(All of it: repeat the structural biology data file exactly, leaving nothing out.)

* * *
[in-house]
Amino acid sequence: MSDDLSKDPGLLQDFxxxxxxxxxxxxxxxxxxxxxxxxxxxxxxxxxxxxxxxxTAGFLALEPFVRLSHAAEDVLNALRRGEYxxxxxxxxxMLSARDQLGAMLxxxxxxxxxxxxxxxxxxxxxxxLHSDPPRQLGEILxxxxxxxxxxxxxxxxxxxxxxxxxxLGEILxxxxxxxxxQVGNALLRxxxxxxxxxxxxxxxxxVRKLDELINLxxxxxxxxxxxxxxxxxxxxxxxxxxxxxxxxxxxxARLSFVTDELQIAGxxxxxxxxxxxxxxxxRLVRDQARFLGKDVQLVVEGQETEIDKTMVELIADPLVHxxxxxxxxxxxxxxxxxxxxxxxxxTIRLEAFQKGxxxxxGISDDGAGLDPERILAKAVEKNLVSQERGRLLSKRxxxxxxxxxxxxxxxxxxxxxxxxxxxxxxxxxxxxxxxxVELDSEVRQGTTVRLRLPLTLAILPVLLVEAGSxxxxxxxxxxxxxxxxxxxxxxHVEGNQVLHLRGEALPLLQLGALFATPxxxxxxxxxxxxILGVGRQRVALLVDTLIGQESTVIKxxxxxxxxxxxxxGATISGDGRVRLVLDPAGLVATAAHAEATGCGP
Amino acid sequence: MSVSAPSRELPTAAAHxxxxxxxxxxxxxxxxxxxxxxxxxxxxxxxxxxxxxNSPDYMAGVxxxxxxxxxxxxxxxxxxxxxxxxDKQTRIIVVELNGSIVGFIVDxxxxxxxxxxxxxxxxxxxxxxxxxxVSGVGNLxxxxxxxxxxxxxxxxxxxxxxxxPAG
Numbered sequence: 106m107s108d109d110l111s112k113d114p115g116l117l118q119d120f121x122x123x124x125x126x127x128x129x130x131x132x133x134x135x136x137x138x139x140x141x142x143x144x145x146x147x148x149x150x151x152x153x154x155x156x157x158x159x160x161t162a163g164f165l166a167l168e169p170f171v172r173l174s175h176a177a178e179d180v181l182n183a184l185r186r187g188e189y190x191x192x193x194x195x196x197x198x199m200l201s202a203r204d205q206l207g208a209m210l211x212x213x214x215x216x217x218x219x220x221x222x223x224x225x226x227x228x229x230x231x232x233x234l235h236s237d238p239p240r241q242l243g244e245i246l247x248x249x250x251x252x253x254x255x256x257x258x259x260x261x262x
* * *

[in-house]
Amino acid sequence: MSDDLSKDPGLLQDFxxxxxxxxxxxxxxxxxxxxxxxxxxxxxxxxxxxxxxxxTAGFLALEPFVRLSHAAEDVLNALRRGEYxxxxxxxxxMLSARDQLGAMLxxxxxxxxxxxxxxxxxxxxxxxLHSDPPRQLGEILxxxxxxxxxxxxxxxxxxxxxxxxxxLGEILxxxxxxxxxQVGNALLRxxxxxxxxxxxxxxxxxVRKLDELINLxxxxxxxxxxxxxxxxxxxxxxxxxxxxxxxxxxxxARLSFVTDELQIAGxxxxxxxxxxxxxxxxRLVRDQARFLGKDVQLVVEGQETEIDKTMVELIADPLVHxxxxxxxxxxxxxxxxxxxxxxxxxTIRLEAFQKGxxxxxGISDDGAGLDPERILAKAVEKNLVSQERGRLLSKRxxxxxxxxxxxxxxxxxxxxxxxxxxxxxxxxxxxxxxxxVELDSEVRQGTTVRLRLPLTLAILPVLLVEAGSxxxxxxxxxxxxxxxxxxxxxxHVEGNQVLHLRGEALPLLQLGALFATPxxxxxxxxxxxxILGVGRQRVALLVDTLIGQESTVIKxxxxxxxxxxxxxGATISGDGRVRLVLDPAGLVATAAHAEATGCGP
Amino acid sequence: MSVSAPSRELPTAAAHxxxxxxxxxxxxxxxxxxxxxxxxxxxxxxxxxxxxxNSPDYMAGVxxxxxxxxxxxxxxxxxxxxxxxxDKQTRIIVVELNGSIVGFIVDxxxxxxxxxxxxxxxxxxxxxxxxxxVSGVGNLxxxxxxxxxxxxxxxxxxxxxxxxPAG
Numbered sequence: 106m107s108d109d110l111s112k113d114p115g116l117l118q119d120f121x122x123x124x125x126x127x128x129x130x131x132x133x134x135x136x137x138x139x140x141x142x143x144x145x146x147x148x149x150x151x152x153x154x155x156x157x158x159x160x161t162a163g164f165l166a167l168e169p170f171v172r173l174s175h176a177a178e179d180v181l182n183a184l185r186r187g188e189y190x191x192x193x194x195x196x197x198x199m200l201s202a203r204d205q206l207g208a209m210l211x212x213x214x215x216x217x218x219x220x221x222x223x224x225x226x227x228x229x230x231x232x233x234l235h236s237d238p239p240r241q242l243g244e245i246l247x248x249x250x251x252x253x254x255x256x257x258x259x260x261x262x